In Northern Benin, TMG Research, in partnership with farmers and local NGOs, developed an alternative approach to diffuse technical knowledge about soil protection from farmer to farmer: the so-called Tem Sesiabun Gorado model. The model was developed through a participatory process that involved more than 17 village consultation meetings with hundreds of farmers, and local NGOs. Based on the concept of social debt, community members elect their community-based agent (CBA) who receives the privilege of participating in trainings about sustainable soil management as well as inputs (e.g. seeds to soil improving cover crops). To repay this debt, the CBA selects five fellow farmers to whom he or she transfers the acquired knowledge and seeds (the latter after successful replication). These fellow farmers then become the new generation of community-based agents with the mission of diffusing the knowledge further. Over a period of two years, the project worked with more than 1,100 farmers in the two villages, of whom 38 percent were women. Today, these farmers apply a multitude of measures (e.g. nitrogen-fixing cover crops, mulching of harvest residues) that prevent soil erosion and enhance soil organic matter.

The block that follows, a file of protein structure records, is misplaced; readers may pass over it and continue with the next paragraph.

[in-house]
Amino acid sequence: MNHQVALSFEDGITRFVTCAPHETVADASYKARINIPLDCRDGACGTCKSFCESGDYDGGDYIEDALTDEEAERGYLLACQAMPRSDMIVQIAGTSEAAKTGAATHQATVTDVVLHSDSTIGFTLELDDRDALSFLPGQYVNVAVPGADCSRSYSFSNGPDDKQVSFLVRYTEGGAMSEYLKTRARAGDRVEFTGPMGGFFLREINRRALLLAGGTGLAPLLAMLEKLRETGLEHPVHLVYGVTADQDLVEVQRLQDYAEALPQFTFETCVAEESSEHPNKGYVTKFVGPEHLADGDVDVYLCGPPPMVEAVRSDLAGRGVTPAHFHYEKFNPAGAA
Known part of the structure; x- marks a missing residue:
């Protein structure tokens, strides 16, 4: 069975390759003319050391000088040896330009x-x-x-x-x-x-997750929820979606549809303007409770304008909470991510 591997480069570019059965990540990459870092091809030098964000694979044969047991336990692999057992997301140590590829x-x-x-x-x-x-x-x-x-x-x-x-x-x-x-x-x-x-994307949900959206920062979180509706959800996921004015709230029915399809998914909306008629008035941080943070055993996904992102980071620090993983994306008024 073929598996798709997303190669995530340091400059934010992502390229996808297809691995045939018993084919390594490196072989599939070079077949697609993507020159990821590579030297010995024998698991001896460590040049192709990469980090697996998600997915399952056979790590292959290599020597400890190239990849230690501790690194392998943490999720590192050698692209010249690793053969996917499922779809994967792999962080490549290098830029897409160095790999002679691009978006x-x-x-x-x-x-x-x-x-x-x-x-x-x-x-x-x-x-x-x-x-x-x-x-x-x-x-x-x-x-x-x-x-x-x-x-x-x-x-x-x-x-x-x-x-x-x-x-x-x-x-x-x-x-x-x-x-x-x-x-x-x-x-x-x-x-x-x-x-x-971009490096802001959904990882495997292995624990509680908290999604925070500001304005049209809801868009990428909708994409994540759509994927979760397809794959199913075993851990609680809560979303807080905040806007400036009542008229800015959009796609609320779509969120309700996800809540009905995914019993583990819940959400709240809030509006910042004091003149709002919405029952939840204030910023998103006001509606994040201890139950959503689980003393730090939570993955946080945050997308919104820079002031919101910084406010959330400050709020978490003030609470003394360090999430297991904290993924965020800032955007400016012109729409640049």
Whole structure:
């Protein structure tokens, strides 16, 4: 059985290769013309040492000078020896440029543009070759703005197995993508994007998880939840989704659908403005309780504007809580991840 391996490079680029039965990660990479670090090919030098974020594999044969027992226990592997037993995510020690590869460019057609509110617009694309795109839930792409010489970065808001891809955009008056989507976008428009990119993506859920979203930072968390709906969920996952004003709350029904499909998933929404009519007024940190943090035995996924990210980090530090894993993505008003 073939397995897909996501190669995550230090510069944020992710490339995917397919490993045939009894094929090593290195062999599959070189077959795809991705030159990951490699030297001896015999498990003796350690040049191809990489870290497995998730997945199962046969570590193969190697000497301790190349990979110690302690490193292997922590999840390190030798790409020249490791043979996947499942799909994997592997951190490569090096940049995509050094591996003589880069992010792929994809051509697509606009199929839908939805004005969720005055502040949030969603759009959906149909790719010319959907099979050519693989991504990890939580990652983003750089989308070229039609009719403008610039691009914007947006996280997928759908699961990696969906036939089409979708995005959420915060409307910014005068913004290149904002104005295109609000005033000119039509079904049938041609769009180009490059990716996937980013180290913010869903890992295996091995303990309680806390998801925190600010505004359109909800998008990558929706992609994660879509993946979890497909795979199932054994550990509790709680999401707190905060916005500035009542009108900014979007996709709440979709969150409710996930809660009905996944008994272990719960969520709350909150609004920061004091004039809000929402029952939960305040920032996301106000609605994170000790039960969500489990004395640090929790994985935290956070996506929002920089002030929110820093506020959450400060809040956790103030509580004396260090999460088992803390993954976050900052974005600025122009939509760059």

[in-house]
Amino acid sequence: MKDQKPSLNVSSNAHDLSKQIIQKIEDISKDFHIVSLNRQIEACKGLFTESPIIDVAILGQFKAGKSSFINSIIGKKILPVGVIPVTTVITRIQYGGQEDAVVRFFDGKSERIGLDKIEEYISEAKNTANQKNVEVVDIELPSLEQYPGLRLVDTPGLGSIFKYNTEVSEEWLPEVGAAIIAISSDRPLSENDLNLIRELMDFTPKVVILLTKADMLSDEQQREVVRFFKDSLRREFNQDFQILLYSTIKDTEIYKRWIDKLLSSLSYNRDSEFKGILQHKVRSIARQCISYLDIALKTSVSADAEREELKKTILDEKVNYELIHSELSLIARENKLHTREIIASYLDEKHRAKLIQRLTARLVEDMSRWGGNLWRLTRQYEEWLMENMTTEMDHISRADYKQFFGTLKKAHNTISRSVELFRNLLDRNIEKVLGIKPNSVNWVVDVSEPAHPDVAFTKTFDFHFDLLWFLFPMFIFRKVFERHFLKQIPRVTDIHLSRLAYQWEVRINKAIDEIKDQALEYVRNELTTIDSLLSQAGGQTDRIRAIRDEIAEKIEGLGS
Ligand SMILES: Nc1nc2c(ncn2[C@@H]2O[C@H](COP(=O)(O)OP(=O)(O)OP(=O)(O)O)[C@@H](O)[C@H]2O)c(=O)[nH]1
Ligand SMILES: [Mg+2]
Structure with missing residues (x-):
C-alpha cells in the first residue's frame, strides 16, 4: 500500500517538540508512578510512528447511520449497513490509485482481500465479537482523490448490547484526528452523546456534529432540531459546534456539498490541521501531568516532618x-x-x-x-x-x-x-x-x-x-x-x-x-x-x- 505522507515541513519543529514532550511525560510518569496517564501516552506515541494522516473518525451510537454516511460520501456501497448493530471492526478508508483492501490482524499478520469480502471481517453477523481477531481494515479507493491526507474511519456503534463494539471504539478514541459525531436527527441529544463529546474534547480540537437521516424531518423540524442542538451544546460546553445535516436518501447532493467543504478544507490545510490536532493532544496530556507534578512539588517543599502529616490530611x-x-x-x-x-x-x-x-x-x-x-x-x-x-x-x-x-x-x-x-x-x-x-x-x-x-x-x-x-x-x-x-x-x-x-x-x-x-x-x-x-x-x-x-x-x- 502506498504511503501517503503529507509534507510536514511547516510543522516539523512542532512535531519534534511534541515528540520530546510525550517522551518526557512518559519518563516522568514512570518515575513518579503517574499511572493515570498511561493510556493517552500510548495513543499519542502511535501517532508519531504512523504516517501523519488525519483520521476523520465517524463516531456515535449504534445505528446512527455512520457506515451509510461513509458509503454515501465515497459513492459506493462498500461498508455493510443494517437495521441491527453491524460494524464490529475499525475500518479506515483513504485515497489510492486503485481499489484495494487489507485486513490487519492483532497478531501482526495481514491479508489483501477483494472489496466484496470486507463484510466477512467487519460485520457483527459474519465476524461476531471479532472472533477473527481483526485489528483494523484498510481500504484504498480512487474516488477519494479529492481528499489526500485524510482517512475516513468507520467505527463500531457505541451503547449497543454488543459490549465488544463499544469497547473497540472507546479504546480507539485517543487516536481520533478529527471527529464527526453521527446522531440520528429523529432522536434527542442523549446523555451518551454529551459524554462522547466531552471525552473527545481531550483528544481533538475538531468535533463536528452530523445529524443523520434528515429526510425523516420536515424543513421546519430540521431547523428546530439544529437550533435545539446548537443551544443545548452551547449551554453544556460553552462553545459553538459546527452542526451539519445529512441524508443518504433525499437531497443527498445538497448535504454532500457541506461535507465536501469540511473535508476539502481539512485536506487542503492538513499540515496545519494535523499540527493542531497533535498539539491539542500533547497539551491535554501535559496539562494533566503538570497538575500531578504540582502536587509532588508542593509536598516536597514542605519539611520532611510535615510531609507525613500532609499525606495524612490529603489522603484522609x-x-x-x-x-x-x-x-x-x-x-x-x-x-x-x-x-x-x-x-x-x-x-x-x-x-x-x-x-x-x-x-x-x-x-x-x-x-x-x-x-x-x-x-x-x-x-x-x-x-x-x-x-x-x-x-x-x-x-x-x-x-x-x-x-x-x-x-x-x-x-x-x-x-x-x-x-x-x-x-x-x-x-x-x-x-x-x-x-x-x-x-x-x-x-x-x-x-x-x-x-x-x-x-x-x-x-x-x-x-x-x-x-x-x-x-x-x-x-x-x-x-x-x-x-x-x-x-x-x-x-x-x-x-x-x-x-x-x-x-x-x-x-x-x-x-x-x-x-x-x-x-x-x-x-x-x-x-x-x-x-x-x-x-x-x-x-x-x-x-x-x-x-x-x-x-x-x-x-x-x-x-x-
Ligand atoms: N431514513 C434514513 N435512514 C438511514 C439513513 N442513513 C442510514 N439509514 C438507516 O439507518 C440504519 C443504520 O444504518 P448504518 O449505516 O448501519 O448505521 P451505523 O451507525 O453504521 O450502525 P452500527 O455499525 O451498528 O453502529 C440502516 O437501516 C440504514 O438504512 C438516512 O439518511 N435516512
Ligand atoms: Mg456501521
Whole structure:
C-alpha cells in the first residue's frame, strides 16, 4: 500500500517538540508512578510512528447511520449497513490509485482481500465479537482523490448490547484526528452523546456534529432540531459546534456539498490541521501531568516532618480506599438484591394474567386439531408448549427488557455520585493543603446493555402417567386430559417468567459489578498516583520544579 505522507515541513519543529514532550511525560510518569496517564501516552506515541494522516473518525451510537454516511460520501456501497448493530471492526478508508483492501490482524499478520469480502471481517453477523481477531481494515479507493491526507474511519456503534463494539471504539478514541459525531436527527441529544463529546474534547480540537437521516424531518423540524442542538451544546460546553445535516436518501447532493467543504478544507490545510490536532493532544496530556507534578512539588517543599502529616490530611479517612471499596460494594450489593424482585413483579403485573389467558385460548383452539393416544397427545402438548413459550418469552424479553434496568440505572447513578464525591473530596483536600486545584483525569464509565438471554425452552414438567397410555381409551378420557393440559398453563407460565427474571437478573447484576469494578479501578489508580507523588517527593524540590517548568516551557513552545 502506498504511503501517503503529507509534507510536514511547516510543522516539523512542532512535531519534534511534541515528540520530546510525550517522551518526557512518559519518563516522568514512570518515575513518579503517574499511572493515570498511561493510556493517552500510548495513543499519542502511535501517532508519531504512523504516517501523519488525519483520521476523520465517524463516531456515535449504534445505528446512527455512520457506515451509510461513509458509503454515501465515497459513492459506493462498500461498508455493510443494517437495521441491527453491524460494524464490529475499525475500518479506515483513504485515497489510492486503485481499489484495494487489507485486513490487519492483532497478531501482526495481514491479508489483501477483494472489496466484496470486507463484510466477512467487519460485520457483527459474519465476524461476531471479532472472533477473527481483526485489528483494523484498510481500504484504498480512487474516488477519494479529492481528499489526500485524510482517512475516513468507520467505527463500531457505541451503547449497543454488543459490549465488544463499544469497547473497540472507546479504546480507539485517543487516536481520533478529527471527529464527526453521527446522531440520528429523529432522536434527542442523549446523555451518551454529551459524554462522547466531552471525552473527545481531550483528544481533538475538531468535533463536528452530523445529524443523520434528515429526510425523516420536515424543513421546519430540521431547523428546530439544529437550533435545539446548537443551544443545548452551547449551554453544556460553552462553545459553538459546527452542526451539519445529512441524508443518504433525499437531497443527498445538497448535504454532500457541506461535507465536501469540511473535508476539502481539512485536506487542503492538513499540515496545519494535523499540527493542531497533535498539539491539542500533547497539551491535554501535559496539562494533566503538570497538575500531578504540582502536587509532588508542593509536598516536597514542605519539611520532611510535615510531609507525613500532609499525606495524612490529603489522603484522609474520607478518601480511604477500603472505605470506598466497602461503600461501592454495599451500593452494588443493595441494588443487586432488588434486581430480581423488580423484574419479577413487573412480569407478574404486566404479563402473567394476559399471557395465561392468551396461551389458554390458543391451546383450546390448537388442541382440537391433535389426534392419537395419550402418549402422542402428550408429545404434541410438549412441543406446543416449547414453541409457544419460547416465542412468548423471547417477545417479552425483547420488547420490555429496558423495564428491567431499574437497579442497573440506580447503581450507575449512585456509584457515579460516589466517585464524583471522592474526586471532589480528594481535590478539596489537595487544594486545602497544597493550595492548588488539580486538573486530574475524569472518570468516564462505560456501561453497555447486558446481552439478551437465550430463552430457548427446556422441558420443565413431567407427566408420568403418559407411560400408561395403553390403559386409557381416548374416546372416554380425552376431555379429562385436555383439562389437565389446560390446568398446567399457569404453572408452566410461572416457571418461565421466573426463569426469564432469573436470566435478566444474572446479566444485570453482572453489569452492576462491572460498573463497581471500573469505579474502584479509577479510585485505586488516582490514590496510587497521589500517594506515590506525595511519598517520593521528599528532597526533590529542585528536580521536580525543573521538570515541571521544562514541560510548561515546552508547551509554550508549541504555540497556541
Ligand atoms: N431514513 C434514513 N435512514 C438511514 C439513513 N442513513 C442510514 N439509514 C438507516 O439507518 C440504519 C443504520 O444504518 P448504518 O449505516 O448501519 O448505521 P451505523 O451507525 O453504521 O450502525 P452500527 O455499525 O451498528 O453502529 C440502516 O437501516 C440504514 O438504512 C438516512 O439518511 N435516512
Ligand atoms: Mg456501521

In Burkina Faso and Kenya, TMG and partners addressed another major obstacle for long-term farmer investments in soil protection: secure land use rights. In Kakamega County, located in the western region of Kenya, TMG and the local grassroots organisation Shibuye Health Workers facilitated a process for the development of community-led land lease guidelines. These guidelines have been developed in a stepwise approach involving local governmental actors, community members and development practitioners. The guidelines intend to make land leasing safer for both — land tenants and owners through formalisation and the presence of witnesses. Especially vulnerable farmers, such as widows gain from secure access to land through leasing — many of whom are now benefitting from soil protection interventions propagating conservation agriculture.